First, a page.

This baptism is for all of us too. Our Father promised thousands of years ago that He would pour out His Spirit to every person. No one is left out of the promise. John the Baptist came and prepared the way for Jesus proclaiming that Jesus would baptize us in the Holy Spirit and fire. Jesus ushered in the Spirit saying, “I will ask the Father, and He will give you another Helper, that He may be with you forever; that is the Spirit of truth,” (John 14: 16). We know that Jesus does not lie and we have the evidence of Acts 2 that He and the Father have fulfilled their obligation. There is nothing left but for us to bathe ourselves in this anointing from God and be showered with the Holy Spirit of God.

Fill ‘er Up!

Ephesians 5: 18

Be filled with the Spirit.

If you thought yesterday’s scriptures and the miraculous acts of ordinary people was something, just wait until the New Testament revelation of the Holy Spirit unfolds for you. We saw from the Old Testament scriptures how the Spirit would settle “upon” individuals. When the Spirit came upon people, they were emboldened and empowered. People who were moments before afraid became great leaders, prophets and miracle workers under the power that came upon them with the Holy Spirit.

The story of the New Testament is quite different though. In the New Testament, a different word appears in the context of the Holy Spirit working with and through people. Whereas the Old Testament regales us with stories of the Holy Spirit being “on” people, the New Testament transitions us to the Holy Spirit “infilling” us. He is now in us rather than upon us. There are only three Old Testament scriptures about someone being filled with the Spirit while there are twelve New Testament scriptures about being filled. Likewise, there are very few New Testament scriptures about the Spirit being upon a person. One notable exception is Jesus.

In Matthew 3: 16 is the account of Jesus’ baptism. When he came up out of the water, the Holy Spirit descended and alit upon him. Shortly thereafter, Jesus was led, by the Spirit, into the wilderness where he was tempted by Satan. Luke’s description of this event says Jesus was “filled” with the Spirit (Luke 4: 1). So, which is it? Did the Spirit alight upon him, as in the Old Testament or did he fill Jesus? I believe the answer is that Jesus, again, is the exception to the rule. Jesus was an Old Testament Jew, but he ushered in the New Testament. In this sense, he was the bridge between how the Holy Spirit interacted with people in the Old Testament and how we are supposed to interact with him now.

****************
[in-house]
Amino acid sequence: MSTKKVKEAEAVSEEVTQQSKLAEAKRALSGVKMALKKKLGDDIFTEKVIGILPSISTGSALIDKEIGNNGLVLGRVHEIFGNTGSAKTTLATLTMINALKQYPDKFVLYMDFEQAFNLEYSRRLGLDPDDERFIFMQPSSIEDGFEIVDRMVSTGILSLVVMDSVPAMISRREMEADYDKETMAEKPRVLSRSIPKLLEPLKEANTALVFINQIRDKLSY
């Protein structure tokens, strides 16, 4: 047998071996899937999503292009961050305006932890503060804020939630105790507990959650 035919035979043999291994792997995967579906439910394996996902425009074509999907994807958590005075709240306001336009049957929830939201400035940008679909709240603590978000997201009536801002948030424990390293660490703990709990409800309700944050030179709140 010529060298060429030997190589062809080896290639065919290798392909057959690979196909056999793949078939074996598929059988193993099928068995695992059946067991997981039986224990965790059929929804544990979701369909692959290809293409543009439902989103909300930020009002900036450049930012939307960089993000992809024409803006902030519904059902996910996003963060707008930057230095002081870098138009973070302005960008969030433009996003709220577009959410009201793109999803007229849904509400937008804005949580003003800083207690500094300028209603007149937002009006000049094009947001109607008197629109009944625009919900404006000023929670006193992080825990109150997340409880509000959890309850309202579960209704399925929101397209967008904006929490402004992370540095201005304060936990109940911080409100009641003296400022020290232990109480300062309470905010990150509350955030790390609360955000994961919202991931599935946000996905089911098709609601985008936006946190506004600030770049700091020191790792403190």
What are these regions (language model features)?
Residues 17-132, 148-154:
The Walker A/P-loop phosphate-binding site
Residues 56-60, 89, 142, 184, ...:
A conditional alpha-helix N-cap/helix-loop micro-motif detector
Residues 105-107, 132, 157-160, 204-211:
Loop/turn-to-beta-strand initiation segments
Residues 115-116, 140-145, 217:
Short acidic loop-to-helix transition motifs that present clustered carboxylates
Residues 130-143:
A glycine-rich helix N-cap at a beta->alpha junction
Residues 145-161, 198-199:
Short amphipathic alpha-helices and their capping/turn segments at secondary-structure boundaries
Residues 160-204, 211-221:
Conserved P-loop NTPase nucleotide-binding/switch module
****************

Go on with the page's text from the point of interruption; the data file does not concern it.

At Jesus’ baptism the Holy Spirit descended and rested upon him. That language is clear and consistent. A short time later Jesus is described as being filled with the Spirit. In the intervening time Jesus bridged the gap between the Old and the New. He was the conduit through which the Old and New Testaments were reconciled. In him, the Father found the unity of paradigms which orchestrated the fulfillment of His promise to Israel, namely, the pouring out of the Spirit.

We have the greatest of all situations in Christ. He told his disciples that it was to their advantage that he depart because in his leaving he would send us another helper who would be with us and in us forever, the Holy Spirit (John 16: 7, John 14: 16). In this new dispensation the Spirit does not rest upon us for a time and then leave. He is with us and in us all of the time. He is as close as your next breath. In fact, you and he can be so intertwined that he is part of your DNA and that is where we want to go.

The Holy Spirit is who made Jesus the miracle worker he was. It was the Holy Spirit which made Jesus so attractive that he could simply say, “Follow me” and people would leave their occupations and follow him. The Holy Spirit was the power of articulation that gave Jesus perfect teachings and wisdom in his speech. How do I know? “Therefore Jesus answered and was saying to them, “Truly, truly, I say to you, the Son can do nothing of Himself, unless it is something He sees the Father doing; for whatever the Father does, these things the Son also does in like manner (John 5: 19). Now, the one who empowered Jesus to do all that he did, is available to us. We can be as intimately intertwined with the Holy Spirit as Jesus was which means that we can be led as Jesus was led and we can do everything he did (John 14: 12).

(See Also: Exodus 31: 3, Exodus 35: 31, Micah 4: 8, Matthew 4: 1, Luke 1: 15, Luke 1: 41, Acts 2: 4, Acts 4: 8, Acts 4: 31, Acts 6: 3, Acts 6: 5, Acts 7: 55, Acts 11: 24)